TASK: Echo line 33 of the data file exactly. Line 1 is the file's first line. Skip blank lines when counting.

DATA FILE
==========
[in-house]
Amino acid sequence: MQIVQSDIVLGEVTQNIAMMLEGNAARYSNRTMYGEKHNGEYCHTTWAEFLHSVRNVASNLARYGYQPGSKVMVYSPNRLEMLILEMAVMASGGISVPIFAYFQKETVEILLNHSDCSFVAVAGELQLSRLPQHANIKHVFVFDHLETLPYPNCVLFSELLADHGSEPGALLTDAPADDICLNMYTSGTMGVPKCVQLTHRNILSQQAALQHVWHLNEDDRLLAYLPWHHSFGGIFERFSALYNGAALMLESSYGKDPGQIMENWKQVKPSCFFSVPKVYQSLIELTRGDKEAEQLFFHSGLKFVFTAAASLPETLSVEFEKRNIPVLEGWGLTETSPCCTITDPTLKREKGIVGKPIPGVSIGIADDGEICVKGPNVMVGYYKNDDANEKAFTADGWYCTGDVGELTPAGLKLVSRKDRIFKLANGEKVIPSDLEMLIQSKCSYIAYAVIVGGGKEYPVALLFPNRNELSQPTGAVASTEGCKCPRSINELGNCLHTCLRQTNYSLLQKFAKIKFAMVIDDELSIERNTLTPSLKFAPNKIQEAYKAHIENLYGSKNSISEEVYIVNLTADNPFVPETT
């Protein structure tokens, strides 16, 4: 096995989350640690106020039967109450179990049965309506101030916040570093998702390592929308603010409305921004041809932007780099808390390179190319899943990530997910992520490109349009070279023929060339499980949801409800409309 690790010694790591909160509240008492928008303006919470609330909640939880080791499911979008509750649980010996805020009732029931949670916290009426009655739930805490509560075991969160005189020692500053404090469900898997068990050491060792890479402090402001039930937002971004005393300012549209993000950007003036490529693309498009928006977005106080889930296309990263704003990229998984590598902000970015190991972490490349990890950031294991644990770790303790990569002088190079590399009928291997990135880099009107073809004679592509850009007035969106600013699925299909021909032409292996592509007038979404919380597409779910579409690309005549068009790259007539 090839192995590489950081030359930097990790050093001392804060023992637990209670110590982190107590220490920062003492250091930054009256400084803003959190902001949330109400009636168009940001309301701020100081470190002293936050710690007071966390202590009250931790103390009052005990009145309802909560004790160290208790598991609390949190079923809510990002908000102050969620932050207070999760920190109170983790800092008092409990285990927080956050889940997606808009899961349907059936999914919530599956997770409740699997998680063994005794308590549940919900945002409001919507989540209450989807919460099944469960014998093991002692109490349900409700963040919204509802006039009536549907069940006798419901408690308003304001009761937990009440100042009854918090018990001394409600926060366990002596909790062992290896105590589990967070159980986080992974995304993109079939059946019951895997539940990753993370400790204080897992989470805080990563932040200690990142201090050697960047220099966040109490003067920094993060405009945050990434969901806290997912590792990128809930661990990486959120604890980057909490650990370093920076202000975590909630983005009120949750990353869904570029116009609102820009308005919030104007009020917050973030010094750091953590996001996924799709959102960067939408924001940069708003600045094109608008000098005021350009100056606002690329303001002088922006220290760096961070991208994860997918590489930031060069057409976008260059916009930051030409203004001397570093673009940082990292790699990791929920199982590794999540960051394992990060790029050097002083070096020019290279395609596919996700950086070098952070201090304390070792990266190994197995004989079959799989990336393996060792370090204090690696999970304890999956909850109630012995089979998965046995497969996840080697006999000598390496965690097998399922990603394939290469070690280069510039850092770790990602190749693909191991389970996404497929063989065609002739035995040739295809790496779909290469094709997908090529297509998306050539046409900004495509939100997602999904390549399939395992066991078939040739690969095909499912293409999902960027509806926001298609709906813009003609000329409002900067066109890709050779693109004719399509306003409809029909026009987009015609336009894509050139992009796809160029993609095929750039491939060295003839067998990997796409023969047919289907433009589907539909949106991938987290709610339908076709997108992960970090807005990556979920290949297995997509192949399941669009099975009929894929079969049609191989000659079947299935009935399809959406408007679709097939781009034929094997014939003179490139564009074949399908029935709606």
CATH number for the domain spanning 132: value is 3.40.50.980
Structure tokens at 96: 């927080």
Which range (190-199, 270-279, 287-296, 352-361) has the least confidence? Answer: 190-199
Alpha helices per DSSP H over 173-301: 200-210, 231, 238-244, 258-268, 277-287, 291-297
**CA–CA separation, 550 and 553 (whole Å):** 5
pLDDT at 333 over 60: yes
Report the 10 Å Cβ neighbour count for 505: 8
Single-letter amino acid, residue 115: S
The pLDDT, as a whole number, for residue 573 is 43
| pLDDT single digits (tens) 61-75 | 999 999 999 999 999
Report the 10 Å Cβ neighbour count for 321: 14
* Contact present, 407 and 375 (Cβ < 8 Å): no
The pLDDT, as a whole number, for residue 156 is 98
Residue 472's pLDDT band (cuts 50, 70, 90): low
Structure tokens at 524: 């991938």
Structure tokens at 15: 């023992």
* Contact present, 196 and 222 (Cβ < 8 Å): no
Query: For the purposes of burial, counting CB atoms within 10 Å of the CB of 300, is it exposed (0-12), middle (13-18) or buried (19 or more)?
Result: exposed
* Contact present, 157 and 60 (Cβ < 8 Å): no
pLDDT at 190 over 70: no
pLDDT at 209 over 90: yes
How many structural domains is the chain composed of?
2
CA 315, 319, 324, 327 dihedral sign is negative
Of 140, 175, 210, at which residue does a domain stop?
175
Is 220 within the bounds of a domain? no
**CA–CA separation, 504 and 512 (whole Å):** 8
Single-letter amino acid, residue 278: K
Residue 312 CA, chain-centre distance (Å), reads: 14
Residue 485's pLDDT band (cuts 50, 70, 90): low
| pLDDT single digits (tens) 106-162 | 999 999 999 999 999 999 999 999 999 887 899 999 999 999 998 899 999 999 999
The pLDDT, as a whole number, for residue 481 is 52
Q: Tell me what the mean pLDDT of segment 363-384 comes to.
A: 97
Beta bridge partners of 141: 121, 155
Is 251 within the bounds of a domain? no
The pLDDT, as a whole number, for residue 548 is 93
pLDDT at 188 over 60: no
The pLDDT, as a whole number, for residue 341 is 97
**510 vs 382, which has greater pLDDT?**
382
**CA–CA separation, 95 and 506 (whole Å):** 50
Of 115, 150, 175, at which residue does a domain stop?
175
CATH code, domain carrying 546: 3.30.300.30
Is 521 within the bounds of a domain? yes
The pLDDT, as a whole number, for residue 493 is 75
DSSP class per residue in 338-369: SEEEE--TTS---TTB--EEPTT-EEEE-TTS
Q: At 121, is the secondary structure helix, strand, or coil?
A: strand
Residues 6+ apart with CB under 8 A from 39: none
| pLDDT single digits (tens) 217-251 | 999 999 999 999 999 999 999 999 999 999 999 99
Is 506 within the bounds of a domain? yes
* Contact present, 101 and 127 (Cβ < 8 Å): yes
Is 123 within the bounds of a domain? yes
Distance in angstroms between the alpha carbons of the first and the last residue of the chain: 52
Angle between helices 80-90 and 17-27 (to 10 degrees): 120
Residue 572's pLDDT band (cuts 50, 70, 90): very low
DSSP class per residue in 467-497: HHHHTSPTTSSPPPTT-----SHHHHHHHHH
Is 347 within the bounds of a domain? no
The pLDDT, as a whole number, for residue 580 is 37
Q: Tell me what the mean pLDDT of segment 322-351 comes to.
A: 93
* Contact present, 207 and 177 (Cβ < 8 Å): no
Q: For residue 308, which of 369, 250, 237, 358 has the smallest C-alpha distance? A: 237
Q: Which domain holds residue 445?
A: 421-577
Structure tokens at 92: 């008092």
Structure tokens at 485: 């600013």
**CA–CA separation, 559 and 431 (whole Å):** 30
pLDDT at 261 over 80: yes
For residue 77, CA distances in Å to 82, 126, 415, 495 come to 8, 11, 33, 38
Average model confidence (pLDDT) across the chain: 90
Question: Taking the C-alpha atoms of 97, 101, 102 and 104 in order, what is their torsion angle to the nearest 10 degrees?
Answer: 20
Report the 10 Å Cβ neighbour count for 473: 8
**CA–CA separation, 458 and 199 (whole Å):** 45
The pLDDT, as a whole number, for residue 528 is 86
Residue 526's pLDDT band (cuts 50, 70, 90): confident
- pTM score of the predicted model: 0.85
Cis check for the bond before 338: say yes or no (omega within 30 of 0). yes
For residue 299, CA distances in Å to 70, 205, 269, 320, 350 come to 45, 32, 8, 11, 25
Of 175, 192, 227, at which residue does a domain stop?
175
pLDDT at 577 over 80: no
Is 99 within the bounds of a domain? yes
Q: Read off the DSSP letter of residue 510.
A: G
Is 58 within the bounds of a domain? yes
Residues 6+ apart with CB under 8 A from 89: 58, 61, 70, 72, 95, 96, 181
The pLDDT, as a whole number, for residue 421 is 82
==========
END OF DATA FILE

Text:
Single-letter amino acid, residue 278: K